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Radio amateurs take pride in the fact that they have a high standard of operating ethics, and are largely self regulating. However, there are cases where the strong arm of Industry Canada may be the only way to resolve a particular situation.
The following questions and answers have been prepared in cooperation with Industry Canada to help Canadian amateurs deal with enforcement cases.
Please do everything possible to resolve a situation peacefully within the amateur community. If however you are faced with a situation requiring action by IC in your area, please read ALL the following questions and answers carefully before approaching your District Offices with a complaint.
Q - What is Industry Canada's mandate to enforce the Radio Regulations?
A - As per paragraph 5(1)(n) of the Radiocommunication Act "the Minister may, taking into account all matters that the Minister considers relevant for ensuring the orderly establishment or modification of radio stations and the orderly development and efficient operation of radiocommunication in Canada, do any other thing necessary for the effective administration of this Act".
Q - How does Industry Canada decide when enforcement is necessary ?
A - SIZE="3">The amateur radio frequency bands are authorized for the use of all amateurs on a shared basis. Therefore, Industry Canada will not become involved in attempting to sort out situations that appear to be personal quarrelling between different groups of amateurs.
Q - What can amateurs do to encourage Industry Canada to take action?
A - SIZE="3">Industry Canada is prepared to institute enforcement action in any situation where it can be demonstrated that there is flagrant and/or repeated abuse of regulations/standards.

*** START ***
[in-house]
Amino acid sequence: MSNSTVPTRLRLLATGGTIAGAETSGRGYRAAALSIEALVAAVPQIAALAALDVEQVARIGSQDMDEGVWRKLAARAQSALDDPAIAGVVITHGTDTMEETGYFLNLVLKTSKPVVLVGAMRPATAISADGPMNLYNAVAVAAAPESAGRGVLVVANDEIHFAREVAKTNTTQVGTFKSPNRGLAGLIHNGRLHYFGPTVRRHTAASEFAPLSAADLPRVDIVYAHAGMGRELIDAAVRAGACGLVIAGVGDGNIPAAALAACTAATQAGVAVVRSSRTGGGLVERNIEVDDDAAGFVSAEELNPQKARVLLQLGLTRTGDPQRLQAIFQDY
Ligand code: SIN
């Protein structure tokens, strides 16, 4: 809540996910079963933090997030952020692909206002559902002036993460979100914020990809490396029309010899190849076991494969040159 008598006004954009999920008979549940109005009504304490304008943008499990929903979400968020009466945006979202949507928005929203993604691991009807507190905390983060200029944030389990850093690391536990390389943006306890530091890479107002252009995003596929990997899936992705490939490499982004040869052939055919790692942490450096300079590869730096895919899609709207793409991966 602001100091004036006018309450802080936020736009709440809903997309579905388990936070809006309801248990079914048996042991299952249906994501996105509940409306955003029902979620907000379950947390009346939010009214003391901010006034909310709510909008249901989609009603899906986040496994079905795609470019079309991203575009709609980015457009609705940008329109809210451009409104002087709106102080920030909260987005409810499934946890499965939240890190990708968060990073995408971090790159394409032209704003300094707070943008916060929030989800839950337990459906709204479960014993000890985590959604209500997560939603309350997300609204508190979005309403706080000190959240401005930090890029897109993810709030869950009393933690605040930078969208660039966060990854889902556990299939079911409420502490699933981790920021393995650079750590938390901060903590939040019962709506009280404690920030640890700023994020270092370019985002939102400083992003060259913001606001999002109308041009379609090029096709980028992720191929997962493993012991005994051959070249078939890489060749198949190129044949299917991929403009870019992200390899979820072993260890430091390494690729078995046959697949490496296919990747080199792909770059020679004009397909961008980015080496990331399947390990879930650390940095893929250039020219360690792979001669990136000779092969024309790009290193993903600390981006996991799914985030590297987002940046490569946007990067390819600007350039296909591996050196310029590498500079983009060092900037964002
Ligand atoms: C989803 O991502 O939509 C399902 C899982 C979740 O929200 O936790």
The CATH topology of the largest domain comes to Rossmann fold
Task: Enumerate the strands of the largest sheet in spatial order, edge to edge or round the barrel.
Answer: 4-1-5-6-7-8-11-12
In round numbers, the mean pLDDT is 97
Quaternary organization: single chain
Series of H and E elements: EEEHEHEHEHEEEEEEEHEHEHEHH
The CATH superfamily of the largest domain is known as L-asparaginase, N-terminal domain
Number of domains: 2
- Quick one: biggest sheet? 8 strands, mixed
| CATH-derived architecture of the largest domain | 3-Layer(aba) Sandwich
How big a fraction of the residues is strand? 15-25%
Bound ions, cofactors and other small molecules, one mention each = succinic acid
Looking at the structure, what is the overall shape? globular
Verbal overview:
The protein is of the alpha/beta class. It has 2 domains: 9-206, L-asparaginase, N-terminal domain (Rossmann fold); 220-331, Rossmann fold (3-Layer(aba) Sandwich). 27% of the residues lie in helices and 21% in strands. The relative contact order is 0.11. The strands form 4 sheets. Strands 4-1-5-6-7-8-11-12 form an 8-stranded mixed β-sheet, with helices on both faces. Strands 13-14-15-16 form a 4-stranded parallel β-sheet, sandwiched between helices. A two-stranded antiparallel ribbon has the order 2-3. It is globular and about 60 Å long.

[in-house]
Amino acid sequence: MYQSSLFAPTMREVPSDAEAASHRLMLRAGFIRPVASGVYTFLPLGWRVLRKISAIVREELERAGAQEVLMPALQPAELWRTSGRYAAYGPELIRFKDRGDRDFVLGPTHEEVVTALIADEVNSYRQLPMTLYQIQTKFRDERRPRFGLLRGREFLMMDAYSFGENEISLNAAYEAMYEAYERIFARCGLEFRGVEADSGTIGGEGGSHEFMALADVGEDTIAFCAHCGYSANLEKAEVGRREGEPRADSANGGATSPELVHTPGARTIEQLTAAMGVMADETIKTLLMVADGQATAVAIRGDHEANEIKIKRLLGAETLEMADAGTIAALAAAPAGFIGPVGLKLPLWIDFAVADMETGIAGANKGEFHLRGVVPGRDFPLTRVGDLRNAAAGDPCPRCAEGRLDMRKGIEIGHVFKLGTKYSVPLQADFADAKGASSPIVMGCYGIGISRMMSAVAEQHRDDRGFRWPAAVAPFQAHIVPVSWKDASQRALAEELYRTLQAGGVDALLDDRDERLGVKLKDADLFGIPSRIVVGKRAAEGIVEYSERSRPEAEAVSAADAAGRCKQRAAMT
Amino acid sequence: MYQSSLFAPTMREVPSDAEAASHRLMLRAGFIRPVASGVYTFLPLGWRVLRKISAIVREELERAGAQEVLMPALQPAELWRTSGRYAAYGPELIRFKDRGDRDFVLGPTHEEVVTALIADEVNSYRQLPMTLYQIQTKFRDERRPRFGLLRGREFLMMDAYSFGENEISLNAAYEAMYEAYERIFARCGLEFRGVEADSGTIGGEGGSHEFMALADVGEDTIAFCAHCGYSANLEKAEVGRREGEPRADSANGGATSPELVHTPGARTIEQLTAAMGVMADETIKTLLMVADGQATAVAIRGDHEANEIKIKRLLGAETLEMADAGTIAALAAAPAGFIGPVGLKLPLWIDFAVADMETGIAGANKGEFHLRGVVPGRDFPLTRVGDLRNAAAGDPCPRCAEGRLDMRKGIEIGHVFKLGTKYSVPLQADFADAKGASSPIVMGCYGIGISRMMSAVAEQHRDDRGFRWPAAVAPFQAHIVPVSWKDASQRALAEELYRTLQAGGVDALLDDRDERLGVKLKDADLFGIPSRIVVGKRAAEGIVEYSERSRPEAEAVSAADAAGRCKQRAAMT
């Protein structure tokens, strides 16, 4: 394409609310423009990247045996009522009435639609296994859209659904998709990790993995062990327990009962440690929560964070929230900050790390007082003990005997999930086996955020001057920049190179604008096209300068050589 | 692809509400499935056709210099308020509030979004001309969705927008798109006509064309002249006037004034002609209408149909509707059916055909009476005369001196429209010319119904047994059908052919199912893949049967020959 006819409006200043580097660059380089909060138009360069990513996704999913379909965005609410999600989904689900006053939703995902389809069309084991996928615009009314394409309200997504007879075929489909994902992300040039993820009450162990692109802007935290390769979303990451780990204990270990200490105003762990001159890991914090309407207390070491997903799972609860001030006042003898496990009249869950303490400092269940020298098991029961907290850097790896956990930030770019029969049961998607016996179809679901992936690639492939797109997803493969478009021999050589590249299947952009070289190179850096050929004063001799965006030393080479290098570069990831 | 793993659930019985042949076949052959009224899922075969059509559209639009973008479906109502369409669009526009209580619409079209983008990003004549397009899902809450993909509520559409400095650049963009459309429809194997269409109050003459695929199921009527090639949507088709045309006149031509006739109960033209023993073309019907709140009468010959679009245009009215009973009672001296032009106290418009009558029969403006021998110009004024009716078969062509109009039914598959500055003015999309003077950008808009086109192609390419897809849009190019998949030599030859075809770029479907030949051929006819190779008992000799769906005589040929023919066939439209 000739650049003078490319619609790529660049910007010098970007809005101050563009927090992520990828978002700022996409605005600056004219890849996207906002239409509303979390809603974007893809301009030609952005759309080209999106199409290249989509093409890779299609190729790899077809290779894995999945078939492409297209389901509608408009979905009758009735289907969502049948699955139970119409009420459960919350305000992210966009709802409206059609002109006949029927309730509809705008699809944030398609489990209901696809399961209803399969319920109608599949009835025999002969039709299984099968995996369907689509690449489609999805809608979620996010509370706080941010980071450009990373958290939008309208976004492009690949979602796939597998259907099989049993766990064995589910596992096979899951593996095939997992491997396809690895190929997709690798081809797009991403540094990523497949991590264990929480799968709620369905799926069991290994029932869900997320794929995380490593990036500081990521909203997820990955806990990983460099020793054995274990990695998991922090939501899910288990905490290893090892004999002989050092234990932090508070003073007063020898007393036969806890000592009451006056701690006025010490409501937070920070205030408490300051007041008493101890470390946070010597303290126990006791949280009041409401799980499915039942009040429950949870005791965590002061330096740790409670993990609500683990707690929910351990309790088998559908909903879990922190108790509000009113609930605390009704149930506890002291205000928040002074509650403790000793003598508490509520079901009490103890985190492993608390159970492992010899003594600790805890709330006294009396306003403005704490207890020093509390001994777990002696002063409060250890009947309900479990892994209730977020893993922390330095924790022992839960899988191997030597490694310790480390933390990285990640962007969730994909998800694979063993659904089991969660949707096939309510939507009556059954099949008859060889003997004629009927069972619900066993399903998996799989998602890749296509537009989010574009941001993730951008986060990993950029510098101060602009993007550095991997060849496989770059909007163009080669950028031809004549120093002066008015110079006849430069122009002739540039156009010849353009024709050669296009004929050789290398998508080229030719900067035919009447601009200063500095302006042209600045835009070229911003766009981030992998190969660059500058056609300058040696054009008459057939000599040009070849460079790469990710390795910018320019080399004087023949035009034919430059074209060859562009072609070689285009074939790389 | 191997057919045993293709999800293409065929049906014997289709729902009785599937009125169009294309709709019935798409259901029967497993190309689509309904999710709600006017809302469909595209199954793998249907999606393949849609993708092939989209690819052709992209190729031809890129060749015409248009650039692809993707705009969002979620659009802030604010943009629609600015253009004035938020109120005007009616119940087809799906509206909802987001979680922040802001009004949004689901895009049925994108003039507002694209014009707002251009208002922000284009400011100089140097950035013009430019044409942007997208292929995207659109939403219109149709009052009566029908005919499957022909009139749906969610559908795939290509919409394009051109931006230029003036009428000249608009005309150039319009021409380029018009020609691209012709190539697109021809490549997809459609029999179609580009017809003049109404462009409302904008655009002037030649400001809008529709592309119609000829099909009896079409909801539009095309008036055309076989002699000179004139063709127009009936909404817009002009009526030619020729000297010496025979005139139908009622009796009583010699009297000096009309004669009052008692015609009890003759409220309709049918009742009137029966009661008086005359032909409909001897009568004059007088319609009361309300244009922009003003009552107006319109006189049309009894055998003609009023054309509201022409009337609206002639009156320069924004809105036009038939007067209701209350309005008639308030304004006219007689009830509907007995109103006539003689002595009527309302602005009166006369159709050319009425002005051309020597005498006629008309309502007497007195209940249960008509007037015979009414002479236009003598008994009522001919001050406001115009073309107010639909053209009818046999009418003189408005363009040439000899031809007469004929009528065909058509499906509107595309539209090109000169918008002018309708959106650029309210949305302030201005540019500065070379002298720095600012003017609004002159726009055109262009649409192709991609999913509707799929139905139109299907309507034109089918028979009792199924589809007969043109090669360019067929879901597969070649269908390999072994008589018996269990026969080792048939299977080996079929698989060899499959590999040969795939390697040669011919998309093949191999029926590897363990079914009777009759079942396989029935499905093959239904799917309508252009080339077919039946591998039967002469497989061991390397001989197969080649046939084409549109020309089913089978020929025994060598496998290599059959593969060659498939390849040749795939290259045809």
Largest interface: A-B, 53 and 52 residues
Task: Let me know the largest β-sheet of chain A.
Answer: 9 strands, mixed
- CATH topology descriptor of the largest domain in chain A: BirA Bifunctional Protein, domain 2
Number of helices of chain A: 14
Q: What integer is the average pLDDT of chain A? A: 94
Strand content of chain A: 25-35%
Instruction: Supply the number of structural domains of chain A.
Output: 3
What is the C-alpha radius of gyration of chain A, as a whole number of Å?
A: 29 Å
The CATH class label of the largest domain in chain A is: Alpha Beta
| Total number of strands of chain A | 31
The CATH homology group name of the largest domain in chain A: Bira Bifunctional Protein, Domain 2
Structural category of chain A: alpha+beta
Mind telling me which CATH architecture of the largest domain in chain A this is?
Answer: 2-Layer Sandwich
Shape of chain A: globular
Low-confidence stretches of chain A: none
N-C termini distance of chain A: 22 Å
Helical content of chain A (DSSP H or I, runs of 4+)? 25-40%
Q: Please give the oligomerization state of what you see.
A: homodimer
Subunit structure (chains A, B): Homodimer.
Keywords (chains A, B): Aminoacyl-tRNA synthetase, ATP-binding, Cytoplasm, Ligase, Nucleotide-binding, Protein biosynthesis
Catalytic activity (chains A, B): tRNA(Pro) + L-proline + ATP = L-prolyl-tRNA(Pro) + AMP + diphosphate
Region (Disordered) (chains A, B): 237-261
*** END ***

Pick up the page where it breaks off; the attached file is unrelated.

Therefore, if amateurs believe compliance action by Industry Canada is required, in order to demonstrate to the department that this is a valuable use of public resources, they should contact the local IC District Office with the following information:
1) distinctly indicate which regulation or standard is not being respected.
2) provide a summary of the measures that have been undertaken to date by the amateur community in an attempt to correct the non-compliant behaviour.
3) provide justification that demonstrates that the situation in question appears to be a flagrant and/or repeated abuse of regulations or standards and therefore it will likely only be corrected through direct intervention by Industry Canada.
Q - Where is the Industry Canada District Office nearest to me?
A - See RIC-66 available on the Industry Canada web site.
Q - How do Industry Canada inspectors enforce the regulations?
A - Radio inspectors may use certain tools such as a "Notice to Appear" or a "Summons" to deal with summary conviction offences to help resolve harmful interference and administrative predicaments expeditiously.
The department's ticketing process, under the Contraventions Act, is another tool that can be considered by the inspector. Both are designed to educate and encourage the accused to comply with the appropriate laws or regulations and, ultimately, act as a penalty for failure to do so.
Tickets may require the payment of fines whose amount depends on the severity of the offence, but can run to hundreds of dollars.
Information about fines can be found on in a document entitled "Administrative Fines" on the Industry Canada web site at:
Q - What is the procedure used by Industry Canada to enforce regulations?
A - Detailed procedures are described in Industry Canada document IPC-3-24-13 entitled "Notice to Appear and Summons for Summary Conviction Offences Contravening the Radiocommunication Act"
A copy of this document in pdf format can be downloaded from the Industry Canada web site at:
Q - It often seems that Industry Canada does not have the resources to deal with amateur violations. Is this a fair assessment of the situation?
A - Industry Canada responds that compliance action is carried out by local District Offices and the time that they can devote to such activities varies according to local resource availability and immediate priorities. As can be imagined, any potential enforcement action, amateur or otherwise, can involve many hours of investigative activity by Industry Canada staff.
Q - Where can I get further information about surveillance and enforcement?
A - Contact the Industry Canada Amateur Radio Service Centre at the following address:
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